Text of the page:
Urban Blazers Gives Philly Kids a Taste of the Outdoors

Urban Blazers participants wade in a babbling brook.
Urban Blazers participants wade in a babbling brook. National Parks Service
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Imagine not having access or exposure to nature, being stuck in a city without the means to explore the outdoor world around you. That is the harsh reality for many Philadelphia’s children, whose circumstances prevent them from ever reaching the thousands of acres of wooded parks around the city, just a short bus ride away.

David Reuter recognized this problem in 2005, and started volunteering his time to help inner-city kids discover more of the natural world in and around Philadelphia. Though it first started as a simple volunteer effort, it soon became Urban Blazers, a nonprofit focused on using outdoor activities to empower Philadelphia's under-resourced youth community. Now led by Executive Director Eric Dolaway, the Urban Blazers gives more than 1,200 city kids the opportunity to explore the outdoors through camping, hiking, whitewater rafting, rock climbing, skiing, and more.

A girl wades in a creek near the Boxer's Trail.
A girl wades in a creek near the Boxer's Trail. Urban Blazers

Urban Blazers’ success over the past 10 years can be largely attributed to its enthusiastic volunteers who commit countless hours of their time to help young Philadelphians experience nature—sometimes for the first time. Each potential volunteer must submit an application with personal references and undergo a background check in order to ensure the children’s safety.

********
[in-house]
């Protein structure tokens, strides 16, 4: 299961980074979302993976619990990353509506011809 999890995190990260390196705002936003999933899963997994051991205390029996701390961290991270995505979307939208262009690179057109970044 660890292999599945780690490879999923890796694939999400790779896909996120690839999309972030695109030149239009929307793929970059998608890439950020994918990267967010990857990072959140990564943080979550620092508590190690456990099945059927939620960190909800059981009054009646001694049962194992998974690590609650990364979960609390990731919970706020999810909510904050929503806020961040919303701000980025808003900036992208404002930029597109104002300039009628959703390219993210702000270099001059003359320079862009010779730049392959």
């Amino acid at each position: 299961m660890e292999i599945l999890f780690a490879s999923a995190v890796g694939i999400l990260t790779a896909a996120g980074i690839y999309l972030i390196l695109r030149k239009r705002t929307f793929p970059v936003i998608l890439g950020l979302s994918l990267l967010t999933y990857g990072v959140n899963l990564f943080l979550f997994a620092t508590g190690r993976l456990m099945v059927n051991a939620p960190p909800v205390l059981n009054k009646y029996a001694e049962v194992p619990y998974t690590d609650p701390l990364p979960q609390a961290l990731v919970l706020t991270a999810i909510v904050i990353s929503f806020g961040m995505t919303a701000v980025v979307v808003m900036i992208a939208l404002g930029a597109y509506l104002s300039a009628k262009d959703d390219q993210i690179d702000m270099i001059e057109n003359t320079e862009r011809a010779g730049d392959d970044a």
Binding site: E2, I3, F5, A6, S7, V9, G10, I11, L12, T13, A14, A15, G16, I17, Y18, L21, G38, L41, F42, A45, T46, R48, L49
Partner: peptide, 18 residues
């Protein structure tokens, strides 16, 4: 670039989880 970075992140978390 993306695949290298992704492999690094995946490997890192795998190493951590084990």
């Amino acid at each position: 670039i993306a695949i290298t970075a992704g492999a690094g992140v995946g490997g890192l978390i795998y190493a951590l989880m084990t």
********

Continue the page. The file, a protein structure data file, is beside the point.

“Every trip, I discover this is someone's first hike or first time seeing a frog,” said volunteer Rachel Blustein. “This peaks a certain enthusiasm in me because there is nothing like sharing one of those bright-eyed moments with an Urban Blazer....in these moments I know these kids are getting more out of this program then I can even begin to imagine. We are creating the leaders of the future.”

The nonprofit runs two main programs to help empower youths. The first is the Living Classroom Program, which focuses on mentoring entire classroom groups, with a 1:4 mentor to student ratio. The program uses weekly classroom visits and monthly outdoor outings to teach students about the outdoors throughout a yearlong partnership. The second program is the Summer Experience Program, which acts like a summer camp, meeting with each group between two and 10 times. The program uses community team building and trust exercises combined with outdoor adventures to help introduce inner-city kids to completely new experiences each summer.

Kids row together at the Delaware River Waterfront.
Kids row together at the Delaware River Waterfront. Urban Blazers

Each year, Urban Blazers leads their participant groups on a multitude of outdoor excursions, which are the foundation of their programs. One example is hiking on the Boxer's Trail and in Wissahickon Park—both places act as “home bases” for the program. Kids explore the trails, wade in creeks, learn which plants are edible and which are poisonous, and learn to identify different types of animals. Other excursions include skiing at Spring Mountain, and learning to rock climb at Go Vertical, a local climbing gym. Ultimately, the programs Urban Blazers offers are only valuable if the students enjoy them and gain something from them. And after 10 years, it seems the volunteers’ work is paying off. According to organizers, 95 percent of 1,000 Urban Blazers participants were exposed to a brand new experience in the program. Additionally, 95 percent of kids learned something new or positive about themselves during the program and 85 percent reported being more interested in fitness. Clearly, the program is producing positive results, and kids are having fun along the way.

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